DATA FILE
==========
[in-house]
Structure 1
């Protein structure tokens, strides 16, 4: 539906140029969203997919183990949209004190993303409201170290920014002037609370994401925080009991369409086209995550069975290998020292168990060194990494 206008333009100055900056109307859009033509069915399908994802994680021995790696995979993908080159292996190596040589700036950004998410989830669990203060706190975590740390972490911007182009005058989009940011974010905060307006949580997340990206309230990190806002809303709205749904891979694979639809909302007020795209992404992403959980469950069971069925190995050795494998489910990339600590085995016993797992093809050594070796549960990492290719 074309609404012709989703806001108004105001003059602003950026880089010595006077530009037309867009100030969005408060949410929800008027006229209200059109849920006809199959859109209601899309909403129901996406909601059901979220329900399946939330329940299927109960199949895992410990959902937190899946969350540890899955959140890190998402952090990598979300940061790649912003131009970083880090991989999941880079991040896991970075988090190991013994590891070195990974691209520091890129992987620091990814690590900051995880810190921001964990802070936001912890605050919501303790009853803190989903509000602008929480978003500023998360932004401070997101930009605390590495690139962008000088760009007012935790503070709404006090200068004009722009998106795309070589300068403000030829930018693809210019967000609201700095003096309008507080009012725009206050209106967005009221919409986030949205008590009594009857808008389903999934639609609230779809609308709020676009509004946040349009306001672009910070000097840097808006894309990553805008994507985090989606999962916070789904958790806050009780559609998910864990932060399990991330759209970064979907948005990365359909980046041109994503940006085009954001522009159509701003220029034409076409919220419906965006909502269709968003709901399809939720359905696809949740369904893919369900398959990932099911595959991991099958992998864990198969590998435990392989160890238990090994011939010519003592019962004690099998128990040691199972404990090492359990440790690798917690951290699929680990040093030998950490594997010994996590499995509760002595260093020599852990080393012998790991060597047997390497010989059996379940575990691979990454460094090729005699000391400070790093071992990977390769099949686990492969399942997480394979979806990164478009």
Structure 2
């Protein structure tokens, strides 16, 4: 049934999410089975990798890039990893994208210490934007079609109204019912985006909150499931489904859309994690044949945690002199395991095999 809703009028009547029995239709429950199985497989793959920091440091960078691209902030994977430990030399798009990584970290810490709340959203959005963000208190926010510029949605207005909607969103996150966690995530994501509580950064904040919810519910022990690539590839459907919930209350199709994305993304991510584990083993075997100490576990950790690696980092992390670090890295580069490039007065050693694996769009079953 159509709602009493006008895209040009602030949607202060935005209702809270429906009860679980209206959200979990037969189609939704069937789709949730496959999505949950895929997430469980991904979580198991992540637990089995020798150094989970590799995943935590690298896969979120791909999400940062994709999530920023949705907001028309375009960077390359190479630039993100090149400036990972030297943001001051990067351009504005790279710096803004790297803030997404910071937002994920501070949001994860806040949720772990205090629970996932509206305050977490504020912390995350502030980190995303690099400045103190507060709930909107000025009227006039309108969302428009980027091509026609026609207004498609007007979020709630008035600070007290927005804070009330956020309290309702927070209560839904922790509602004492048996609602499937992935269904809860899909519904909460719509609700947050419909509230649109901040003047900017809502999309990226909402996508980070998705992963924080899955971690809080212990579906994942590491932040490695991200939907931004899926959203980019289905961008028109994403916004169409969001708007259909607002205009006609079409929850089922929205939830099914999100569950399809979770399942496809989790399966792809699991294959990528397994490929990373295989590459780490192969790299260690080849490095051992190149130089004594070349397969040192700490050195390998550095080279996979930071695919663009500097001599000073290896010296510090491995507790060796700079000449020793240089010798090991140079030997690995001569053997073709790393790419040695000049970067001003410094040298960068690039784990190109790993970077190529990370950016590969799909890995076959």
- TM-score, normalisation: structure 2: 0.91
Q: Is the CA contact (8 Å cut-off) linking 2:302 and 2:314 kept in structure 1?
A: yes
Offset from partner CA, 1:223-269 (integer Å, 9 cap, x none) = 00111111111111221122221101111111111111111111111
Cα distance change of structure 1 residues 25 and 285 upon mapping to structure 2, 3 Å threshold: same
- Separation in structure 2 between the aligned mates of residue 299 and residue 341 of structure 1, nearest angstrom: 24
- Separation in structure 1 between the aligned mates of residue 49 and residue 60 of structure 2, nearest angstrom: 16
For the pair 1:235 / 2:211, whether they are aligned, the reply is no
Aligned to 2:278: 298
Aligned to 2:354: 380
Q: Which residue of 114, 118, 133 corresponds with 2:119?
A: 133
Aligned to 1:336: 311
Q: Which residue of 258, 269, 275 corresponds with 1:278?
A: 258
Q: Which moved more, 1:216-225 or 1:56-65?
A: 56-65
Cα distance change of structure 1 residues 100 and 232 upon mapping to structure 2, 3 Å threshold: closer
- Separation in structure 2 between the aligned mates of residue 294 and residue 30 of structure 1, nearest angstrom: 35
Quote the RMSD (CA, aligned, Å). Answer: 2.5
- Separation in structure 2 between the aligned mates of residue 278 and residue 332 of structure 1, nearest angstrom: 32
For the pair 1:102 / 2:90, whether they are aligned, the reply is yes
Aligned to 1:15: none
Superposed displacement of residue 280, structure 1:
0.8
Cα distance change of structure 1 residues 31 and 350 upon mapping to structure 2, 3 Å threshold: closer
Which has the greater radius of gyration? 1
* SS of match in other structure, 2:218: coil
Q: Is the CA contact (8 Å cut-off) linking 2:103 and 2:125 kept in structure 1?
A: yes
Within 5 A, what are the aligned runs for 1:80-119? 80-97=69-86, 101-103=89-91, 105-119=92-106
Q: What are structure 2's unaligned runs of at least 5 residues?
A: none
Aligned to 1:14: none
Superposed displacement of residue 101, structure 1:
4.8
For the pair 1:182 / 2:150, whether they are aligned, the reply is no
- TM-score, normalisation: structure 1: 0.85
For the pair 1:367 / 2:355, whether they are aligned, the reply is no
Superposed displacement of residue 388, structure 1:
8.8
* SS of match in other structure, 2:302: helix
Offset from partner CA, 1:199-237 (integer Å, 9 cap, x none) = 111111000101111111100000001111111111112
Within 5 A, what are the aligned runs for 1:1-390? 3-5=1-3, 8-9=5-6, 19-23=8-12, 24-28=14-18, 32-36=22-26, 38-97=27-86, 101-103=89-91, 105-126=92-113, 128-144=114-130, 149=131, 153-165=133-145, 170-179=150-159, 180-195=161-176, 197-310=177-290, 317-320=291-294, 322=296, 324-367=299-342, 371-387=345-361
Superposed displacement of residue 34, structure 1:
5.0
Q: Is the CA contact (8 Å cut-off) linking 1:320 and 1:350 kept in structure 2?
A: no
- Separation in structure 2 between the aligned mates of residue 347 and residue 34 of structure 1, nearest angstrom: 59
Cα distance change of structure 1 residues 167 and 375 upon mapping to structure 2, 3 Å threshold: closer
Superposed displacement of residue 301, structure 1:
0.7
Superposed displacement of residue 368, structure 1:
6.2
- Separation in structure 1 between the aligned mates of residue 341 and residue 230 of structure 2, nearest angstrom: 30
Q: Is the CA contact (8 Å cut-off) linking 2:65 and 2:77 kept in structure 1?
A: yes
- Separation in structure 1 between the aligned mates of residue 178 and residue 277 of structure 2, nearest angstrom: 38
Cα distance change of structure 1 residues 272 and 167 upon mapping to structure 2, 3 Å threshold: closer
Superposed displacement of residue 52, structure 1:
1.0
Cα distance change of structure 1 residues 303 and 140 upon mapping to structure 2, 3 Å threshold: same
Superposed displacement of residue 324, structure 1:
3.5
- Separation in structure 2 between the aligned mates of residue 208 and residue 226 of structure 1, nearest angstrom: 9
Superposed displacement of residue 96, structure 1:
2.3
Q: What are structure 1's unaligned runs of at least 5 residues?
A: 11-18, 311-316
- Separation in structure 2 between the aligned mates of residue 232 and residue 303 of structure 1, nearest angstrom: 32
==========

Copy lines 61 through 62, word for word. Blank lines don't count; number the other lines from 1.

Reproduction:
Q: Is the CA contact (8 Å cut-off) linking 2:65 and 2:77 kept in structure 1?
A: yes